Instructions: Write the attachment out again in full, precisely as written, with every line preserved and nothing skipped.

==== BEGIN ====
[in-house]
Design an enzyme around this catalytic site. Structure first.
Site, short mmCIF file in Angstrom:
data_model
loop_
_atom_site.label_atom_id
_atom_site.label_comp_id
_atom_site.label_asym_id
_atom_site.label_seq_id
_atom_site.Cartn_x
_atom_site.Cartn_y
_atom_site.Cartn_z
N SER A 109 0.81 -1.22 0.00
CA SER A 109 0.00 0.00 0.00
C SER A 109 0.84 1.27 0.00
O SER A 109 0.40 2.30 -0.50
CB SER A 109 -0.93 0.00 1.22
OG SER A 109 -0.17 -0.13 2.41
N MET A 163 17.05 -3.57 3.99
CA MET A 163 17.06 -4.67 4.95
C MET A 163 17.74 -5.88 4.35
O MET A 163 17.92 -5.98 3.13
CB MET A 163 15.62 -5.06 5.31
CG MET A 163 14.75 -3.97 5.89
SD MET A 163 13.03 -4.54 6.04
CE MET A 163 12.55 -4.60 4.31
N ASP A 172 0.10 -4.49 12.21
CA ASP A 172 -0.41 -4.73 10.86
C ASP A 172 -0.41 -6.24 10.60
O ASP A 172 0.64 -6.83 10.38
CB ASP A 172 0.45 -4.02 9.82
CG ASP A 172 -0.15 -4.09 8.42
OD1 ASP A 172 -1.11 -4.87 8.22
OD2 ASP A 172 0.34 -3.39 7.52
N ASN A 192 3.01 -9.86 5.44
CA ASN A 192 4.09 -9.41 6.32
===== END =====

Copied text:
[in-house]
Design an enzyme around this catalytic site. Structure first.
Site, short mmCIF file in Angstrom:
data_model
loop_
_atom_site.label_atom_id
_atom_site.label_comp_id
_atom_site.label_asym_id
_atom_site.label_seq_id
_atom_site.Cartn_x
_atom_site.Cartn_y
_atom_site.Cartn_z
N SER A 109 0.81 -1.22 0.00
CA SER A 109 0.00 0.00 0.00
C SER A 109 0.84 1.27 0.00
O SER A 109 0.40 2.30 -0.50
CB SER A 109 -0.93 0.00 1.22
OG SER A 109 -0.17 -0.13 2.41
N MET A 163 17.05 -3.57 3.99
CA MET A 163 17.06 -4.67 4.95
C MET A 163 17.74 -5.88 4.35
O MET A 163 17.92 -5.98 3.13
CB MET A 163 15.62 -5.06 5.31
CG MET A 163 14.75 -3.97 5.89
SD MET A 163 13.03 -4.54 6.04
CE MET A 163 12.55 -4.60 4.31
N ASP A 172 0.10 -4.49 12.21
CA ASP A 172 -0.41 -4.73 10.86
C ASP A 172 -0.41 -6.24 10.60
O ASP A 172 0.64 -6.83 10.38
CB ASP A 172 0.45 -4.02 9.82
CG ASP A 172 -0.15 -4.09 8.42
OD1 ASP A 172 -1.11 -4.87 8.22
OD2 ASP A 172 0.34 -3.39 7.52
N ASN A 192 3.01 -9.86 5.44
CA ASN A 192 4.09 -9.41 6.32